the old proverb, is that it can indeed learn new tricks. And while the new long-player from the so-named, Somerville, Mass.-based act doesn't stray wildly from the course plotted by two fine, noir-tinged and tension-filled predecessors, it feels brighter, louder, more potent and in places even inviting.
Perhaps it is more a question of a new outlook, rather than new tricks, but that question as yet yields no definite answer. Band mastermind Anar Badalov stated recently that the 10 songs that comprise Teeth Marks took shape quickly and with relatively surprising ease, such that only now, with the benefit of distance and time, are the songs' meanings revealing themselves to him. As before, Mr. Badalov's vivid lyrics present as closely delivered confidences, but therein there seems to be a new sense of contentedness, which suggests Badalov -- or at least the characters that populate his Sherwood Anderson-esque constructions -- is certainly learning something.
The album's quicker writing process (it's only nine months since New Dog's last record was released) didn't result in more spare compositions, surprisingly enough. Instead, Teeth Marks presents a fuller sound rendered from Badalov's characteristic blend of voice, guitar and piano. He expands his aural comfort zone via additional layers of each, finely appointed with reverbs and subtle synth swells. The record opens with "3 A.M.," a fleeting ode to infatuation ("I'll tell you anything you want to know, if you just let me walk you home") that commences with a burbling electric piano trill that wobbles like a plate spinning on a stick. "Home By Five" details the simple satisfactions of domesticity over skeletal guitar work delivered in 3/4 time ("I wear my ring but it's never too tight... life is boring, isn't it?"). The album highlight "Here All Days" introduces sturdy rhythm tracks and what feels like an inevitable cloud, the stark, dark admission "all the people that I love, I can count you on one hand, the other one I keep in my pocket." According to Badalov, the tune -- which includes the lyric that became the album title -- is loosely based on his time as a cubicle dweller ("all the hours I've been losing at my desk, you can empty the trash but you can't undo the rest..."), and also contemplates fulfilling commitments. Its restlessness recalls the nocturnal meditations of last year's excellent album Classic Ballroom Dances [review], as does the menacing distorted electric piano and fits of feedback that open the succeeding song, "Lover's Palm."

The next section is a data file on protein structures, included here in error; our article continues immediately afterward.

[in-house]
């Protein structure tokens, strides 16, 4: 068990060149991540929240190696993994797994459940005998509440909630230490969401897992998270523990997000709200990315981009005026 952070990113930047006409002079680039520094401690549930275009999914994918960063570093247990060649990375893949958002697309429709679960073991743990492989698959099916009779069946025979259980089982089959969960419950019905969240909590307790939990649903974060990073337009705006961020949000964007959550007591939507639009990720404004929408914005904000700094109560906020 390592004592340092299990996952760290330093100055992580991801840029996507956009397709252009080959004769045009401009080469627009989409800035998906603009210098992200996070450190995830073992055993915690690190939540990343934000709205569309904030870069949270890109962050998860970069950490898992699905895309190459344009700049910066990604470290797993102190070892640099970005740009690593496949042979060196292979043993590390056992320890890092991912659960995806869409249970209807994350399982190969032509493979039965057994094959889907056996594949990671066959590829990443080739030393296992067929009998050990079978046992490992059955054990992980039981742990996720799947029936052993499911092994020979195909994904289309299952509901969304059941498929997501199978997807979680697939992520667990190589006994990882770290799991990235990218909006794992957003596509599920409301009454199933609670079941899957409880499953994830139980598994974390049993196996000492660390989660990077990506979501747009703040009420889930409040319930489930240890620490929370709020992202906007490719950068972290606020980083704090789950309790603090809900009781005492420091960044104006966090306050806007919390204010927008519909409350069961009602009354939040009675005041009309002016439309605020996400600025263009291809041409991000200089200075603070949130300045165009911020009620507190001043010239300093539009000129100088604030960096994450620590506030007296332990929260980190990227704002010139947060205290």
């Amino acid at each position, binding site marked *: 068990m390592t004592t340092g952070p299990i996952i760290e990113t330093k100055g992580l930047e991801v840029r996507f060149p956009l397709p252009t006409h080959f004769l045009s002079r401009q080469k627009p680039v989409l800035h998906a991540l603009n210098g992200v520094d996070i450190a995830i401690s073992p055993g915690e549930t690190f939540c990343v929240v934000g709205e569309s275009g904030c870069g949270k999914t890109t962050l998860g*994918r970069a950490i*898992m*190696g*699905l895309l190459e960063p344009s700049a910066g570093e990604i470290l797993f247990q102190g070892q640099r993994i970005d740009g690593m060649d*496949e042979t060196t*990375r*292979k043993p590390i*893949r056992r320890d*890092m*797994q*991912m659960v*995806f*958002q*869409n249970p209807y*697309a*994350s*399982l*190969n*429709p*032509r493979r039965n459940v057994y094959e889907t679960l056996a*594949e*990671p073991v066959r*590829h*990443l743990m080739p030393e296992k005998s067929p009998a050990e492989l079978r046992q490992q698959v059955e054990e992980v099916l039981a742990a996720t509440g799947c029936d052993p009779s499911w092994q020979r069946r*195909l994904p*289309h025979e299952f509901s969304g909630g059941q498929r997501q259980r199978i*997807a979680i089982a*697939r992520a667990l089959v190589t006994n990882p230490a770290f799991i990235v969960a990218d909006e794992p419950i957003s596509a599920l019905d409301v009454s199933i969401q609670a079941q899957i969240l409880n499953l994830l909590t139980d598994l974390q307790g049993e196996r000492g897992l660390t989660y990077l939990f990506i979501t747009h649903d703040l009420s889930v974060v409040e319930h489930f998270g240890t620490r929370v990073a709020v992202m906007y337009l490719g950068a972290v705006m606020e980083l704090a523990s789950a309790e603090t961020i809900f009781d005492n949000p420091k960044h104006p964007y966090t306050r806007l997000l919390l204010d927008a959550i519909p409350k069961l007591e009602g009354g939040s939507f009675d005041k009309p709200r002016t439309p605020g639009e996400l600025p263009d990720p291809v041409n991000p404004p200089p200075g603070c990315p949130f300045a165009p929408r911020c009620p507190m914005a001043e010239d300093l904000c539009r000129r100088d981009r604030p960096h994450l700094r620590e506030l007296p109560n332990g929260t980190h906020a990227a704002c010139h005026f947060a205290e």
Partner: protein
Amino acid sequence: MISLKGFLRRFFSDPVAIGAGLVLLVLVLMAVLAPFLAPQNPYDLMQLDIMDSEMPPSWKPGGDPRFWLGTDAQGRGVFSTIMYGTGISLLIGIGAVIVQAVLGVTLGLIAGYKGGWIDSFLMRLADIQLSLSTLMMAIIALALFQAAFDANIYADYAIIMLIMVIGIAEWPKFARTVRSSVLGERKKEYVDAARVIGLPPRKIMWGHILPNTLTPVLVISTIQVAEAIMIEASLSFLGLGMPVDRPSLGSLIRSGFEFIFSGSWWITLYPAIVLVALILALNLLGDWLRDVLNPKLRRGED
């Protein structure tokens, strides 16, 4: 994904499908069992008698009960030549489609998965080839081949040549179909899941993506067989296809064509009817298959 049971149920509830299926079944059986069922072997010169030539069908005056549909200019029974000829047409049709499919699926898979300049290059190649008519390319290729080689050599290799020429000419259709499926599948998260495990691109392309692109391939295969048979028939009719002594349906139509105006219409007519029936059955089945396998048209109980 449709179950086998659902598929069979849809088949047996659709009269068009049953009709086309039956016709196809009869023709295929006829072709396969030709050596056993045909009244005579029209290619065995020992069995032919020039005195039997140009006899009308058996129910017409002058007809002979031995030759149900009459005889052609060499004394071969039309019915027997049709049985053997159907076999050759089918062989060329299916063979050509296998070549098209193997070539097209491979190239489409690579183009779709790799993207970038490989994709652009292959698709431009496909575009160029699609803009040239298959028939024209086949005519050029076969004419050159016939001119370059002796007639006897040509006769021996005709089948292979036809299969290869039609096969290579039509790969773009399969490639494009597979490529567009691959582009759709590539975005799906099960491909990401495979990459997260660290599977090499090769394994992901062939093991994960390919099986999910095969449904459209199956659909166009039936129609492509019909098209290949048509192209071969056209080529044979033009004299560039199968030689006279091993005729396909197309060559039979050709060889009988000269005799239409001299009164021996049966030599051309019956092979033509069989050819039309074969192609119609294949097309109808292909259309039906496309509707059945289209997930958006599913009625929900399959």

"Joe Brainard's Idea" is comprised of snatches of tangential memories, and was inspired by the titular author's volume "I Remember." The tune ruminates on the push and pull that memories can have as one grows older -- particularly memories that can cut both ways: is it joy or regret Badalov feels as he recalls "outside on a blanket at night, a thousand sparking eyes looking down at us?" The track "Sudden Amnesia" is notable for being the new collection's sole cover; its a composition by poet and literary critic Frank Manchaca. Badalov revealed on Facebook recently that he and Mr. Manchaca have been collaborating on a record titled Laughing Around The Bend that may also see release this year. Teeth Marks closes with the powerfully poignant piano ballad "Would You Let Me In?," a song made all the more poignant by its placement at the end of the record, and the repeated sizzle and snap of closing hi-hat, which suggests one possible answer.
Badalov self-released Teeth Marks in a hyper limited edition of 50 LPs and as a digital download today; Classic Ballroom Dances was released by Kill Rock Stars. Teeth Marks will be fêted with a record release show March 24 at Cambridge, Mass.'s charming bar The Plough & Stars; also on the bill that night is Emerald Comets, a side project of Guillermo Sexo's Reuben Bettsak. Stream all of Teeth Marks via the Bandcamp embed below.
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Prior New Dog Coverage:
Review: New Dog | Classic Ballroom Dances
Together With Together: Clicky Clicky Presents Two Nights of Abstract Electronics And Indie Rock May 12+14
Review: New Dog | Lost Weekend
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